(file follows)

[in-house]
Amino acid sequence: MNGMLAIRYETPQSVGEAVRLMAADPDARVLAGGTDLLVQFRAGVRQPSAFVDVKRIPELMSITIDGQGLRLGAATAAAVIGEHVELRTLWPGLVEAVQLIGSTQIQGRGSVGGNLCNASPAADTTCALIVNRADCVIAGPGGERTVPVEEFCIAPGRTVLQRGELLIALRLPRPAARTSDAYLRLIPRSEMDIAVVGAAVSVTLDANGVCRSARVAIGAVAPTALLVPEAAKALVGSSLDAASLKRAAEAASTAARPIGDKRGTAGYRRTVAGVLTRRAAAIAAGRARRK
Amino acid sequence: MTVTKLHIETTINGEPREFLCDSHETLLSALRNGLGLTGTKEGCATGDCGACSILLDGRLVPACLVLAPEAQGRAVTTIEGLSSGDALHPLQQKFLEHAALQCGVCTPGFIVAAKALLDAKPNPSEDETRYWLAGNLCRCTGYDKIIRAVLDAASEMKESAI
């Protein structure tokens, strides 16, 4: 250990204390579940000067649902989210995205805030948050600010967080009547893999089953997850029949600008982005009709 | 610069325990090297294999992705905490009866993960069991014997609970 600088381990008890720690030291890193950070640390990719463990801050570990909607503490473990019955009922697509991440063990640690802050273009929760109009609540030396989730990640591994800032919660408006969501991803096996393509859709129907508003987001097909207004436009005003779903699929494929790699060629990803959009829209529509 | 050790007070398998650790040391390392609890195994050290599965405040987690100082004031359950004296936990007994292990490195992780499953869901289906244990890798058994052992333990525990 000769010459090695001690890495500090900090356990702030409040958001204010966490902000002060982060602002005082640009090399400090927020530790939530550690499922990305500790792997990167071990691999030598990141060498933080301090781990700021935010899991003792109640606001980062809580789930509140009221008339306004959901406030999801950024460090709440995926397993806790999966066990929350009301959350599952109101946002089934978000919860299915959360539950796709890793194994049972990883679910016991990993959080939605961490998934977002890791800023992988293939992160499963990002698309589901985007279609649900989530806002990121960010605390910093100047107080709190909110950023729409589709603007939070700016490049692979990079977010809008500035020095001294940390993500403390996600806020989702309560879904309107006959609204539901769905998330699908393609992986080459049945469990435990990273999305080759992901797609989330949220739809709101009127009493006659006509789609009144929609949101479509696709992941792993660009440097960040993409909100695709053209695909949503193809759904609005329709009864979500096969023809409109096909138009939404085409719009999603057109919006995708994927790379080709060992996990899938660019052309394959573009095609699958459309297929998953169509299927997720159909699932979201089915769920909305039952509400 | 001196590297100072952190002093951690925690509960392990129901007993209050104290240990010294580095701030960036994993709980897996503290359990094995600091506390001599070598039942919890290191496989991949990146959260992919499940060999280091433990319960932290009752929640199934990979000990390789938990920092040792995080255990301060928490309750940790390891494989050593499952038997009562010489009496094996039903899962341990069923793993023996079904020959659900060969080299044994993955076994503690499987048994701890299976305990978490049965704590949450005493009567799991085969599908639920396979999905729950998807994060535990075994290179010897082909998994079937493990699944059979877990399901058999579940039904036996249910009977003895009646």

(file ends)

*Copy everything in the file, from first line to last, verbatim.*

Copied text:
[in-house]
Amino acid sequence: MNGMLAIRYETPQSVGEAVRLMAADPDARVLAGGTDLLVQFRAGVRQPSAFVDVKRIPELMSITIDGQGLRLGAATAAAVIGEHVELRTLWPGLVEAVQLIGSTQIQGRGSVGGNLCNASPAADTTCALIVNRADCVIAGPGGERTVPVEEFCIAPGRTVLQRGELLIALRLPRPAARTSDAYLRLIPRSEMDIAVVGAAVSVTLDANGVCRSARVAIGAVAPTALLVPEAAKALVGSSLDAASLKRAAEAASTAARPIGDKRGTAGYRRTVAGVLTRRAAAIAAGRARRK
Amino acid sequence: MTVTKLHIETTINGEPREFLCDSHETLLSALRNGLGLTGTKEGCATGDCGACSILLDGRLVPACLVLAPEAQGRAVTTIEGLSSGDALHPLQQKFLEHAALQCGVCTPGFIVAAKALLDAKPNPSEDETRYWLAGNLCRCTGYDKIIRAVLDAASEMKESAI
């Protein structure tokens, strides 16, 4: 250990204390579940000067649902989210995205805030948050600010967080009547893999089953997850029949600008982005009709 | 610069325990090297294999992705905490009866993960069991014997609970 600088381990008890720690030291890193950070640390990719463990801050570990909607503490473990019955009922697509991440063990640690802050273009929760109009609540030396989730990640591994800032919660408006969501991803096996393509859709129907508003987001097909207004436009005003779903699929494929790699060629990803959009829209529509 | 050790007070398998650790040391390392609890195994050290599965405040987690100082004031359950004296936990007994292990490195992780499953869901289906244990890798058994052992333990525990 000769010459090695001690890495500090900090356990702030409040958001204010966490902000002060982060602002005082640009090399400090927020530790939530550690499922990305500790792997990167071990691999030598990141060498933080301090781990700021935010899991003792109640606001980062809580789930509140009221008339306004959901406030999801950024460090709440995926397993806790999966066990929350009301959350599952109101946002089934978000919860299915959360539950796709890793194994049972990883679910016991990993959080939605961490998934977002890791800023992988293939992160499963990002698309589901985007279609649900989530806002990121960010605390910093100047107080709190909110950023729409589709603007939070700016490049692979990079977010809008500035020095001294940390993500403390996600806020989702309560879904309107006959609204539901769905998330699908393609992986080459049945469990435990990273999305080759992901797609989330949220739809709101009127009493006659006509789609009144929609949101479509696709992941792993660009440097960040993409909100695709053209695909949503193809759904609005329709009864979500096969023809409109096909138009939404085409719009999603057109919006995708994927790379080709060992996990899938660019052309394959573009095609699958459309297929998953169509299927997720159909699932979201089915769920909305039952509400 | 001196590297100072952190002093951690925690509960392990129901007993209050104290240990010294580095701030960036994993709980897996503290359990094995600091506390001599070598039942919890290191496989991949990146959260992919499940060999280091433990319960932290009752929640199934990979000990390789938990920092040792995080255990301060928490309750940790390891494989050593499952038997009562010489009496094996039903899962341990069923793993023996079904020959659900060969080299044994993955076994503690499987048994701890299976305990978490049965704590949450005493009567799991085969599908639920396979999905729950998807994060535990075994290179010897082909998994079937493990699944059979877990399901058999579940039904036996249910009977003895009646």